Who Is Marcus Martin? The Charlottesville Victim Was Injured Saving His Fiancee

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Protests in Charlottesville, Virginia, ended tragically on Saturday when an alleged "Unite The Right" rally attendee drove his car into a crowd of counter-protesters peacefully marching against white supremacists — killing one woman and injuring dozens of others. Now, concerned people are looking to help a man injured protecting his girlfriend in Charlottesville by crowdfunding to cover his medical costs.

As the New York Post reported, Marcus Martin, 26, was injured after pushing his fiancée Marissa Blair, 27, out of harm's way when chaos broke out at the protest. The moment was captured in the Post's front page, with Martin mid-air behind the Dodge Charger that allegedly plowed into the crowd of protesters.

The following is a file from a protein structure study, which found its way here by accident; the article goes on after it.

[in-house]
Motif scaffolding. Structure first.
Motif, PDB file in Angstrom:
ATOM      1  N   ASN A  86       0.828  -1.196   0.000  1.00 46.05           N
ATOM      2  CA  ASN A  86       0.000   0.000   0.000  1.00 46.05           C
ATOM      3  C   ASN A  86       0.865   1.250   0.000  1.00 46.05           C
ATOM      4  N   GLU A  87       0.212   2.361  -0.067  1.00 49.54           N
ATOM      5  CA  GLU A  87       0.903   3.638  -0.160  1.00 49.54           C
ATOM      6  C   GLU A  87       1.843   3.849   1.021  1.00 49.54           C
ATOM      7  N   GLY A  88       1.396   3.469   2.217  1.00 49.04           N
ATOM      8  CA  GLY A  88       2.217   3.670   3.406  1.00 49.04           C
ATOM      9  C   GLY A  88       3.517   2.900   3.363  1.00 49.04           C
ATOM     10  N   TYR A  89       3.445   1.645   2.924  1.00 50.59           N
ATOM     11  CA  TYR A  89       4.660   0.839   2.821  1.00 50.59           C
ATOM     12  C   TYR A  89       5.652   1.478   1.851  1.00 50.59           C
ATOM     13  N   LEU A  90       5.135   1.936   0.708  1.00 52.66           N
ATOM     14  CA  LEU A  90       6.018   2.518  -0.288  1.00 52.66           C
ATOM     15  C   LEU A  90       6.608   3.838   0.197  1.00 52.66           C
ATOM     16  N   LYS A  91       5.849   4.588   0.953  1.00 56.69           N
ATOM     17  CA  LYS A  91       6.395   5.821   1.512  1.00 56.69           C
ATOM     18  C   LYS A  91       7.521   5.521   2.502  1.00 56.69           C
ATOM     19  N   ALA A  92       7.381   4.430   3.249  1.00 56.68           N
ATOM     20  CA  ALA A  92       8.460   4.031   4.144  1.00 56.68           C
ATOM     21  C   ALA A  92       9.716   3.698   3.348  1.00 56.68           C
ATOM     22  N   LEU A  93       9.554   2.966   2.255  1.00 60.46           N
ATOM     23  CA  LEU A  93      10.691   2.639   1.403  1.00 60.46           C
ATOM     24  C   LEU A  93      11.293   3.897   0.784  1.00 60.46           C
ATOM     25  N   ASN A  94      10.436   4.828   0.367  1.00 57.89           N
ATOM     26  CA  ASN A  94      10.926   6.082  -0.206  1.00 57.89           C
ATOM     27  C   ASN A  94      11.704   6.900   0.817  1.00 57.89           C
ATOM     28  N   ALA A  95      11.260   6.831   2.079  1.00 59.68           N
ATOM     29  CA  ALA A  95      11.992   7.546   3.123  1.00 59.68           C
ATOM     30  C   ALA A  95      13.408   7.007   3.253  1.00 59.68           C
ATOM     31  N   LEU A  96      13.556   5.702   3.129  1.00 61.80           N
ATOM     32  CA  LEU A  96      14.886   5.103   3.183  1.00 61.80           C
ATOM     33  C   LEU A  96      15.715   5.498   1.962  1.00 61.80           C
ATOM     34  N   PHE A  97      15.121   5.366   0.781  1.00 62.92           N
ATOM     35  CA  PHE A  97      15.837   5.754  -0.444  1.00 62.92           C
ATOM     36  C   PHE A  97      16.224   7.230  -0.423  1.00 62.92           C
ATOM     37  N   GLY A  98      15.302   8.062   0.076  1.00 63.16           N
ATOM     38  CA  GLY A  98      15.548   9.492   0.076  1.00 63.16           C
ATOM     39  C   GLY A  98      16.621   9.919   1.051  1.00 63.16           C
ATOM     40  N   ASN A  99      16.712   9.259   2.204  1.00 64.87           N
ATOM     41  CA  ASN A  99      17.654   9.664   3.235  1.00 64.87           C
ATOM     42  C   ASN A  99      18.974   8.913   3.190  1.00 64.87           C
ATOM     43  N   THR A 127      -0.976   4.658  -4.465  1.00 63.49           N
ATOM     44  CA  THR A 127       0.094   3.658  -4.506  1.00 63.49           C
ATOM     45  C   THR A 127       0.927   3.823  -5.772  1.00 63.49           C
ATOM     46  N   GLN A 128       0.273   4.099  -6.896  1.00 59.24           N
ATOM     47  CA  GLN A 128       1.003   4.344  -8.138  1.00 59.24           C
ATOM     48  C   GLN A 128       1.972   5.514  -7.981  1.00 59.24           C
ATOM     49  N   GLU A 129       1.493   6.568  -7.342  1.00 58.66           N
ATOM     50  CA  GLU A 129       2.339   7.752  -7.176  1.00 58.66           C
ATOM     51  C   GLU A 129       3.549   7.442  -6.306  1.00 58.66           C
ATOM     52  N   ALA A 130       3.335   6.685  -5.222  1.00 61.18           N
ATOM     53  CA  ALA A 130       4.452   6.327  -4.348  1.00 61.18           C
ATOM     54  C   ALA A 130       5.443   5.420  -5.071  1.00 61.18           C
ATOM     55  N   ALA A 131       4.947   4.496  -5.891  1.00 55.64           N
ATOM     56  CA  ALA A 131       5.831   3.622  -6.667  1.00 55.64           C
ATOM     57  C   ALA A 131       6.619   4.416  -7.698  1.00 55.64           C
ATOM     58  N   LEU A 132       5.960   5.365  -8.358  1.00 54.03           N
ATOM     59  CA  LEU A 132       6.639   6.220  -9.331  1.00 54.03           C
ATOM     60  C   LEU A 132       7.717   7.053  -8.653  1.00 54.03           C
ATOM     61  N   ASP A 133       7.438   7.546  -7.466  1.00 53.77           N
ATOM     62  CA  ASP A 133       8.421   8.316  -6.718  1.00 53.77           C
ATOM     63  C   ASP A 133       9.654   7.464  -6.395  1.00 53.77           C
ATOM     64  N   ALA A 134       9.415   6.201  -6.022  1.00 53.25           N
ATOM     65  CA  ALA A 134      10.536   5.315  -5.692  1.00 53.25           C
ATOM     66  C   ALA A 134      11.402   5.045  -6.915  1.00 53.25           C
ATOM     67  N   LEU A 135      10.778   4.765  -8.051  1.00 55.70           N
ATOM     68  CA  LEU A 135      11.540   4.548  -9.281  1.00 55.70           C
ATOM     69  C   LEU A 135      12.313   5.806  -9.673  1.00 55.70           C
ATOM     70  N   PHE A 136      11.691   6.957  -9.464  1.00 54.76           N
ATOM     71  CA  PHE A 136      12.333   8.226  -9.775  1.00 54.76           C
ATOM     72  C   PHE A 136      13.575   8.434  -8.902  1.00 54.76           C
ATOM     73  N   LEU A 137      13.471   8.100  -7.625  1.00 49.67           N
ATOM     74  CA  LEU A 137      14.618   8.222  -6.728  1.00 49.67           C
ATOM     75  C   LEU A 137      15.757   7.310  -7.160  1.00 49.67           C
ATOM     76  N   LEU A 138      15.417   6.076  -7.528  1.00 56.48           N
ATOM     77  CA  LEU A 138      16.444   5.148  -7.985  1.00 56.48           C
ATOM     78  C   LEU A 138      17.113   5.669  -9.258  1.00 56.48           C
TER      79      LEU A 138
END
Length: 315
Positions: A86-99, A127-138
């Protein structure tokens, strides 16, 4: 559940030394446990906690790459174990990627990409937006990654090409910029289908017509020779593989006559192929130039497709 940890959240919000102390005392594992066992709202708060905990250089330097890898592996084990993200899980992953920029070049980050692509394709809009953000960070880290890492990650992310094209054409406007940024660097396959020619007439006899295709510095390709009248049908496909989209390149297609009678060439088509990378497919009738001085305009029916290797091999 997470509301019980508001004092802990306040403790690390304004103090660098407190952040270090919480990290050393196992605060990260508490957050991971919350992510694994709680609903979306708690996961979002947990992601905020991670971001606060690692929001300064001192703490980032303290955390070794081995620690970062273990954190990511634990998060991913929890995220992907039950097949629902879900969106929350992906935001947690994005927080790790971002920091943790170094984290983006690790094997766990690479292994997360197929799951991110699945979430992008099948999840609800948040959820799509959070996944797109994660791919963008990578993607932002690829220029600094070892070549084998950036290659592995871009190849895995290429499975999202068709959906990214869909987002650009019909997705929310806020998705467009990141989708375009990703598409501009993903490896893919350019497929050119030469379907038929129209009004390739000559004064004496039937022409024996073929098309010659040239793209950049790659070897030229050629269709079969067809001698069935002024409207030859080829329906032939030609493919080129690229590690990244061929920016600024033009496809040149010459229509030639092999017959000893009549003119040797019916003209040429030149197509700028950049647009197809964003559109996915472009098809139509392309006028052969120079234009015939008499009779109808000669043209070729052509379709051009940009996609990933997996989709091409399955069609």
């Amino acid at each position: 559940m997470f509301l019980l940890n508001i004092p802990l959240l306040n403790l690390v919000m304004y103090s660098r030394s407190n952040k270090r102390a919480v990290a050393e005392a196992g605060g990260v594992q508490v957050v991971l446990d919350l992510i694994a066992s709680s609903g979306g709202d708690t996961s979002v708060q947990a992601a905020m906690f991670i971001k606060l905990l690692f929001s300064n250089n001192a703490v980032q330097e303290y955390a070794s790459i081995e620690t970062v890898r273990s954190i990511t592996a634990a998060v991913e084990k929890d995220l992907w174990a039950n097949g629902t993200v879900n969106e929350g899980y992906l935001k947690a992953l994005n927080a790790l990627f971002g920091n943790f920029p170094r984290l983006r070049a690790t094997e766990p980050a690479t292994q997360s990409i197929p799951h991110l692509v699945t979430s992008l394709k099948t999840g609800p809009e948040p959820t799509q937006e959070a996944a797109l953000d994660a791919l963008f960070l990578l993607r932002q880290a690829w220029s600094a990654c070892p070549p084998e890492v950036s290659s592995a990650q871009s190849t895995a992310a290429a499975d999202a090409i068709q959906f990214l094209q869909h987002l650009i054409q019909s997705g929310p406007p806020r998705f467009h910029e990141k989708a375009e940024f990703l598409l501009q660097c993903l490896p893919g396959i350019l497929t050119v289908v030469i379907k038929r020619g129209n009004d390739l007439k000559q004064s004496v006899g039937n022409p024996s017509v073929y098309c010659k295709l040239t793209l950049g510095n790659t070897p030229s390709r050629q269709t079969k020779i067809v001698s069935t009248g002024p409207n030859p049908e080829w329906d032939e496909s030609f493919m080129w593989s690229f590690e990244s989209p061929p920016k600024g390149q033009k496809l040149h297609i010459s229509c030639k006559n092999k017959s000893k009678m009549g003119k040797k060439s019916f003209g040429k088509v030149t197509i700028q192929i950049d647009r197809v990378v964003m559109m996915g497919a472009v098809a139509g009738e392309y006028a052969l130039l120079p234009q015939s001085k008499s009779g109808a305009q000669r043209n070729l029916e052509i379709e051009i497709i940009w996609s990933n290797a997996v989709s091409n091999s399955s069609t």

Due to the physical nature of Martin's work — he makes his living as a landscaper — and his various injuries, creators of the campaign write that they are looking to raise enough money to help cover his medical bills and offset his lost wages. Per the GoFundMe campaign description:


In an interview with the Daily Mail, Blair — who said she also knew Heather Heyer, who was killed in the attack — described the scene and said that Martin didn't hesitate to save her from the vehicle. They were chanting "Whose streets? Our streets!" and decided to turn left that the intersection when they heard "a commotion from the top of the street."

"It happened so fast. I felt myself shoved out of the way," Blair told Daily Mail. "[Martin] had pushed me out of the way. ... It was so fast. All he could think was to push me. He saved me then he was under the car. I checked myself and then immediately thought, where's Marcus?"

In the harrowing moments that followed, Blair said she started to look for Martin and thankfully found him "with no blood on him."

Reflecting on the incident she said:

As the aftermath of the Charlottesville protests bring about more difficult conversations, the stories of the helpers and the heroes — and the ways people can help them — are a great way to feel less helpless.